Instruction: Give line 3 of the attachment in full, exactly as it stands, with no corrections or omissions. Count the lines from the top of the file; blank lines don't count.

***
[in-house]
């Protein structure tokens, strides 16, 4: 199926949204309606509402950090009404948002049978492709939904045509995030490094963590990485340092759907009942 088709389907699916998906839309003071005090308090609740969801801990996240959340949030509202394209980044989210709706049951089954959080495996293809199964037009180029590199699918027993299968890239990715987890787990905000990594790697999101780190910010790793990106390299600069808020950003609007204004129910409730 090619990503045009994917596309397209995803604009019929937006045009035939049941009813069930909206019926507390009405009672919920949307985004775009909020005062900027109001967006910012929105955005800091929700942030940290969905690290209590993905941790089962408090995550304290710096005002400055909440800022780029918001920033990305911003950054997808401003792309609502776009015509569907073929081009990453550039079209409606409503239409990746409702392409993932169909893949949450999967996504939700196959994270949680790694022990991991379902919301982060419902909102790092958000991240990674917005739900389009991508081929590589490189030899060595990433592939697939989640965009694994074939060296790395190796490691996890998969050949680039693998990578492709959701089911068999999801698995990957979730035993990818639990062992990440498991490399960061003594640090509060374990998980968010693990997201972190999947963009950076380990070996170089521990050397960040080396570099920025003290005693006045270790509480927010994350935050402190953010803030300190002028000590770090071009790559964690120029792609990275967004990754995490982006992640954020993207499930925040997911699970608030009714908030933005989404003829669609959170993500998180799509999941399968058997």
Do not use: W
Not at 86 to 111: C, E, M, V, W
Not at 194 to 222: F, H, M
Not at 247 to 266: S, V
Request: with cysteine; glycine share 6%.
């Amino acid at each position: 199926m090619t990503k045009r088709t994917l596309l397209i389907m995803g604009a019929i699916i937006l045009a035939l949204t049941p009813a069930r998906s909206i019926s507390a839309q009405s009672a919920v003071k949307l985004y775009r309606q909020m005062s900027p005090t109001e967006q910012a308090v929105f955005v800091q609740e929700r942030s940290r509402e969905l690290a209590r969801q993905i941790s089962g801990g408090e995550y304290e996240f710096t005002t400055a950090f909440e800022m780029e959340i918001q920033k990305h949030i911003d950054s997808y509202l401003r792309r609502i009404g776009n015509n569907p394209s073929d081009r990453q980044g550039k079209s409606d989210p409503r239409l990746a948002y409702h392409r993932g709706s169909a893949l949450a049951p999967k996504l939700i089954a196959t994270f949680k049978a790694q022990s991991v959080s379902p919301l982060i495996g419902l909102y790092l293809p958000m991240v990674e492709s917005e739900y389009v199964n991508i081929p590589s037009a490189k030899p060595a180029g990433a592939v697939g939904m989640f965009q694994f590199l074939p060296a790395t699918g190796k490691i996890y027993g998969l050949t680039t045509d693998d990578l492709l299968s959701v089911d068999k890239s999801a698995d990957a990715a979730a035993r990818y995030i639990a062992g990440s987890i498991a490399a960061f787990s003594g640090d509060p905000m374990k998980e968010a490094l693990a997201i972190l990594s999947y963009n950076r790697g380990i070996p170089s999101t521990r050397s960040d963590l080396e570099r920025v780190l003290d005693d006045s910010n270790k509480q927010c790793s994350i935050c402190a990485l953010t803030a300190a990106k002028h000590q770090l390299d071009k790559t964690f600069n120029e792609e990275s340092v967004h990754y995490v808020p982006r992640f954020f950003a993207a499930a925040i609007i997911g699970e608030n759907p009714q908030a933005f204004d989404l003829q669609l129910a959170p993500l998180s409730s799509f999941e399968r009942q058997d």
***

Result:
Do not use: W